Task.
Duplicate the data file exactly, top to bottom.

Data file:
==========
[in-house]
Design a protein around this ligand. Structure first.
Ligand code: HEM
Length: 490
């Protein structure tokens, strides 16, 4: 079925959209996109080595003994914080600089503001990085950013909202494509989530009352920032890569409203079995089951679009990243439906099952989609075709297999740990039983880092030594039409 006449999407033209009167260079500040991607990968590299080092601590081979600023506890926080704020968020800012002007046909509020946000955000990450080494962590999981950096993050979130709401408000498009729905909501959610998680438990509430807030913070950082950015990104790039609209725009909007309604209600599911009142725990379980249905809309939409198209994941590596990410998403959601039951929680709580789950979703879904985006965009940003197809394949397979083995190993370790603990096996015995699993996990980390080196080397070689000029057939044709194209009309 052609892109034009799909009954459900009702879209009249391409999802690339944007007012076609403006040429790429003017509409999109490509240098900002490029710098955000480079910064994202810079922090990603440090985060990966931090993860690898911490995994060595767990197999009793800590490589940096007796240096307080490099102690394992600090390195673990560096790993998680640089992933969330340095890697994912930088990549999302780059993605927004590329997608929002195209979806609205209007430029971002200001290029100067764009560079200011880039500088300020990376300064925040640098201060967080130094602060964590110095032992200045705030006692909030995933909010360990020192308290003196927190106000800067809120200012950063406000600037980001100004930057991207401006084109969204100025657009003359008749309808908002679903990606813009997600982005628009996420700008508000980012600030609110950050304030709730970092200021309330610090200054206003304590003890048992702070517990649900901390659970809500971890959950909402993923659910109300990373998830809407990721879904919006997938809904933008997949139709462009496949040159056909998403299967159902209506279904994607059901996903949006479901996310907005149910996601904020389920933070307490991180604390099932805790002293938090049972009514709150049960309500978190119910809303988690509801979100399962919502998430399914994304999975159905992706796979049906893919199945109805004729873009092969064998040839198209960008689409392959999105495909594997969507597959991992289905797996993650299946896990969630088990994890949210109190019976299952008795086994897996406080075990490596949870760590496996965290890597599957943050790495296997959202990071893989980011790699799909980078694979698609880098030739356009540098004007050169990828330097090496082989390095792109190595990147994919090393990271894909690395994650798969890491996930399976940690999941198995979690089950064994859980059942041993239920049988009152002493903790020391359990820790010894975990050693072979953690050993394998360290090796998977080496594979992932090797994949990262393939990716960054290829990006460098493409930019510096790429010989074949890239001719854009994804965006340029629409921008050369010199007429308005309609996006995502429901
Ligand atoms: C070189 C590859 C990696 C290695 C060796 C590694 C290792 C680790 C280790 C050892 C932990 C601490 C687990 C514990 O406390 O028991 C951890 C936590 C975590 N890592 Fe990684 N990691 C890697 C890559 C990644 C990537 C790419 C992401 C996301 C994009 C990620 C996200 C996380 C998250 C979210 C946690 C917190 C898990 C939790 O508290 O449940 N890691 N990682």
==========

[in-house]
Design a protein around this ligand. Structure first.
Ligand code: HEM
Length: 490
């Protein structure tokens, strides 16, 4: 079925959209996109080595003994914080600089503001990085950013909202494509989530009352920032890569409203079995089951679009990243439906099952989609075709297999740990039983880092030594039409 006449999407033209009167260079500040991607990968590299080092601590081979600023506890926080704020968020800012002007046909509020946000955000990450080494962590999981950096993050979130709401408000498009729905909501959610998680438990509430807030913070950082950015990104790039609209725009909007309604209600599911009142725990379980249905809309939409198209994941590596990410998403959601039951929680709580789950979703879904985006965009940003197809394949397979083995190993370790603990096996015995699993996990980390080196080397070689000029057939044709194209009309 052609892109034009799909009954459900009702879209009249391409999802690339944007007012076609403006040429790429003017509409999109490509240098900002490029710098955000480079910064994202810079922090990603440090985060990966931090993860690898911490995994060595767990197999009793800590490589940096007796240096307080490099102690394992600090390195673990560096790993998680640089992933969330340095890697994912930088990549999302780059993605927004590329997608929002195209979806609205209007430029971002200001290029100067764009560079200011880039500088300020990376300064925040640098201060967080130094602060964590110095032992200045705030006692909030995933909010360990020192308290003196927190106000800067809120200012950063406000600037980001100004930057991207401006084109969204100025657009003359008749309808908002679903990606813009997600982005628009996420700008508000980012600030609110950050304030709730970092200021309330610090200054206003304590003890048992702070517990649900901390659970809500971890959950909402993923659910109300990373998830809407990721879904919006997938809904933008997949139709462009496949040159056909998403299967159902209506279904994607059901996903949006479901996310907005149910996601904020389920933070307490991180604390099932805790002293938090049972009514709150049960309500978190119910809303988690509801979100399962919502998430399914994304999975159905992706796979049906893919199945109805004729873009092969064998040839198209960008689409392959999105495909594997969507597959991992289905797996993650299946896990969630088990994890949210109190019976299952008795086994897996406080075990490596949870760590496996965290890597599957943050790495296997959202990071893989980011790699799909980078694979698609880098030739356009540098004007050169990828330097090496082989390095792109190595990147994919090393990271894909690395994650798969890491996930399976940690999941198995979690089950064994859980059942041993239920049988009152002493903790020391359990820790010894975990050693072979953690050993394998360290090796998977080496594979992932090797994949990262393939990716960054290829990006460098493409930019510096790429010989074949890239001719854009994804965006340029629409921008050369010199007429308005309609996006995502429901
Ligand atoms: C070189 C590859 C990696 C290695 C060796 C590694 C290792 C680790 C280790 C050892 C932990 C601490 C687990 C514990 O406390 O028991 C951890 C936590 C975590 N890592 Fe990684 N990691 C890697 C890559 C990644 C990537 C790419 C992401 C996301 C994009 C990620 C996200 C996380 C998250 C979210 C946690 C917190 C898990 C939790 O508290 O449940 N890691 N990682």